What would Jesus do?

“And the Word became flesh and dwelt among us, and we have seen his glory, glory as of the only Son from the Father, full of grace and truth... For from his fullness we have all received, grace upon grace.” John 1:14 and 16 (ESV)

When I was in college back in 1985, I read a book titled, In His Steps, by Charles Monroe Sheldon. It’s a classic that was published in 1896, and like all classics, its message is timeless. The main character of the story is a pastor named Reverend Henry Maxwell who goes through a faith-arresting experience that causes him to question the authenticity of his faith. As a result, he makes the following one-year resolution that before making any decisions, he will ask himself, “What would Jesus do?” and then do it no matter what the cost. He invites his congregation to join him in this challenge for one year. The rest of the novel is basically about what happens in their lives as they resolve to do as Jesus would do. I think it’s a good read, and I recommend it.

However, there’s one major assumption that I don’t like about the book. It’s that the author assumes that if people ask themselves the question, “What would Jesus do?” before making a decision, then they’ll be able to correctly discern the answer for their particular situation. Unfortunately, that’s an incorrect assumption.

Although a person might make a better decision if they ask themselves the question “What would Jesus do?” before they react to their circumstances; the opposite can also happen. Regrettably, people can, with all sincerity, make a worse decision by asking themselves that same question.

The truth is that it all depends on if the person asking the question has a truthful and accurate picture of who Jesus is. If their beliefs about Jesus are inaccurate or wrong, then their answers to what he would do will also be wrong.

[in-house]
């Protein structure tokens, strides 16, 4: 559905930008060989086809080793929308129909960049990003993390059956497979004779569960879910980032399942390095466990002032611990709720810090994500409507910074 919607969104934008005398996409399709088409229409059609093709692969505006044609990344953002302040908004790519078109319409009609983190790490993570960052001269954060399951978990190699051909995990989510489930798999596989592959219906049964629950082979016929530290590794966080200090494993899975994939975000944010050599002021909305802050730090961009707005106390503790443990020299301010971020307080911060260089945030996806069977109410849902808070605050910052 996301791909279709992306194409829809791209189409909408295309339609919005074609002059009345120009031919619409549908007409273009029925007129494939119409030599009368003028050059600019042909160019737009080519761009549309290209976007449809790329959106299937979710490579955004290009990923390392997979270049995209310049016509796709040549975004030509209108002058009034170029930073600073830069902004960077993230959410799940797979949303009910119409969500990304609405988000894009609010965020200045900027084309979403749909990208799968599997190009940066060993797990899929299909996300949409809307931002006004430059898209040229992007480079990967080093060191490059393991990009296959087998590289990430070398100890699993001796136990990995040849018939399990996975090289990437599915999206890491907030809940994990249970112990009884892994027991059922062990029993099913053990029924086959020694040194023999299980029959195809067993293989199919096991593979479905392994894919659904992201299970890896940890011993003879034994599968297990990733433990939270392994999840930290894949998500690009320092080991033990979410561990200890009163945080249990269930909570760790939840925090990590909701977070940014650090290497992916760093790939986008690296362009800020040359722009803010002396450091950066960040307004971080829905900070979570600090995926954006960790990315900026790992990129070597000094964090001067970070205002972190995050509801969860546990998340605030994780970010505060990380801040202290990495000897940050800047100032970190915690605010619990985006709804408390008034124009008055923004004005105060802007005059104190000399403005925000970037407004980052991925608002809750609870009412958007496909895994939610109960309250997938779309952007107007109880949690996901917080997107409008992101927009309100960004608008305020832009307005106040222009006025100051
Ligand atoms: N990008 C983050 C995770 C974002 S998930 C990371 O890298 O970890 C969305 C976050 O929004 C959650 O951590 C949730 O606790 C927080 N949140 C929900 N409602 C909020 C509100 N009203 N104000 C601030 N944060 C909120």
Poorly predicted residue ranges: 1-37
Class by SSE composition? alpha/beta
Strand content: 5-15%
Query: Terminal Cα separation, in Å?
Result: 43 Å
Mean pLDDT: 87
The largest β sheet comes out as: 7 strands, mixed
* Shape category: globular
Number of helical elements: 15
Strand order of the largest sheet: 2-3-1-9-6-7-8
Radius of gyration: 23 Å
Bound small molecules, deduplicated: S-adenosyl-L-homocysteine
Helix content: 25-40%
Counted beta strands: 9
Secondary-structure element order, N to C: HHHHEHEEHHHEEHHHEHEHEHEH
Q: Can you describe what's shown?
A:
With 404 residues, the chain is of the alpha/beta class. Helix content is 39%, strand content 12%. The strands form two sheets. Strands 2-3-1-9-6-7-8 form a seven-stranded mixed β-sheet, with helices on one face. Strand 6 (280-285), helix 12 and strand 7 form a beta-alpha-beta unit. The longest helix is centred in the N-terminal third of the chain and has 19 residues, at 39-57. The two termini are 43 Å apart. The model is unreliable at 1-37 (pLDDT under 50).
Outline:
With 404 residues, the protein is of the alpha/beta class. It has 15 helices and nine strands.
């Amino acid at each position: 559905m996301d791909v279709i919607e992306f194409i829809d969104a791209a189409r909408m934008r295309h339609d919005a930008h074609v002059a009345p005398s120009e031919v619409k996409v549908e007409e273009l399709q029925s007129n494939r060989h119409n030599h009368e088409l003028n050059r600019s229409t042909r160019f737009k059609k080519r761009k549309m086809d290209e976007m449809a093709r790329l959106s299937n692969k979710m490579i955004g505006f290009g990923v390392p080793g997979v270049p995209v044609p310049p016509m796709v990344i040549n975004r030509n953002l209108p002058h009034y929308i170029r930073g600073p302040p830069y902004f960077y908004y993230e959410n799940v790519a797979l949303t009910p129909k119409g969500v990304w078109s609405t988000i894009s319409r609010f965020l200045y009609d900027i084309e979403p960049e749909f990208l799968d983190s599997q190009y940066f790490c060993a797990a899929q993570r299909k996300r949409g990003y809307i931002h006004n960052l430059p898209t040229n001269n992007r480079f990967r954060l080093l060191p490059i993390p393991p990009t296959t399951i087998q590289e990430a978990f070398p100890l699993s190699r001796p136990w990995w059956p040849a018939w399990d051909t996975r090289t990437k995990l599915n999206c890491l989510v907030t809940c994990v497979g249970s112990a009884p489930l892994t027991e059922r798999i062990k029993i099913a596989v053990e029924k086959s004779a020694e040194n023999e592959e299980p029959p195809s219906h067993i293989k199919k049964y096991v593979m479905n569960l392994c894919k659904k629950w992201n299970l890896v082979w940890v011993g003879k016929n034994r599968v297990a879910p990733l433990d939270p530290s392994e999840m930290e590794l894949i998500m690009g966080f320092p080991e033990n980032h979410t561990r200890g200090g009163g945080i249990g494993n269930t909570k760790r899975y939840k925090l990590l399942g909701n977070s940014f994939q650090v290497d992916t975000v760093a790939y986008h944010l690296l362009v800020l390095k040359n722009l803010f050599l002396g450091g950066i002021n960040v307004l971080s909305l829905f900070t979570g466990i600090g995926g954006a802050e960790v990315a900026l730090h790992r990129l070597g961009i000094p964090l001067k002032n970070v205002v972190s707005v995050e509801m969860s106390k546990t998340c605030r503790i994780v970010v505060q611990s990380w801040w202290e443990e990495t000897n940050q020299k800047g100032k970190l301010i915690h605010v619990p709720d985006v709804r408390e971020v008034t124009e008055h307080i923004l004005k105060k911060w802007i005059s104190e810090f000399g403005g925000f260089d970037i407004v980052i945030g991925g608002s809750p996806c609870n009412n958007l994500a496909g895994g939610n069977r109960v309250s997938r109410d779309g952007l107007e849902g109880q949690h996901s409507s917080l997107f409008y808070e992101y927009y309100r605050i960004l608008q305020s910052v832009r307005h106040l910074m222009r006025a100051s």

The apostle John writes that Jesus’ glory and who he was was full of grace and truth. In other words, if John were to describe what stood out most about Jesus, it would have been his grace and truth. Jesus was characterized by steadfast love and faithfulness. He embodied unfailing, committed love and favor for people regardless of their background, AND he also spoke truth and truthfully to people regardless of their background. Jesus’ grace did not compromise his truth, and his truth never nullified his grace.

But what does Jesus’ grace look like and how is it lived out in relationships?  And what’s the truth that Jesus reveals to us about Old Testament Scripture, true love, humanity’s nature and the meaning of life? These questions and more are necessary for us to pursue if we are to intimately know Jesus and become like him in word and deed.

As we journey through the Gospel of John on Sunday mornings, my hope and prayer is that our understanding of Jesus’ grace and truth will grow deeper and wider so that we gain a clearer vision of who Jesus is. And as our vision of him grows in clarity, we’ll be able to respond rightly to the question, “What would Jesus do?”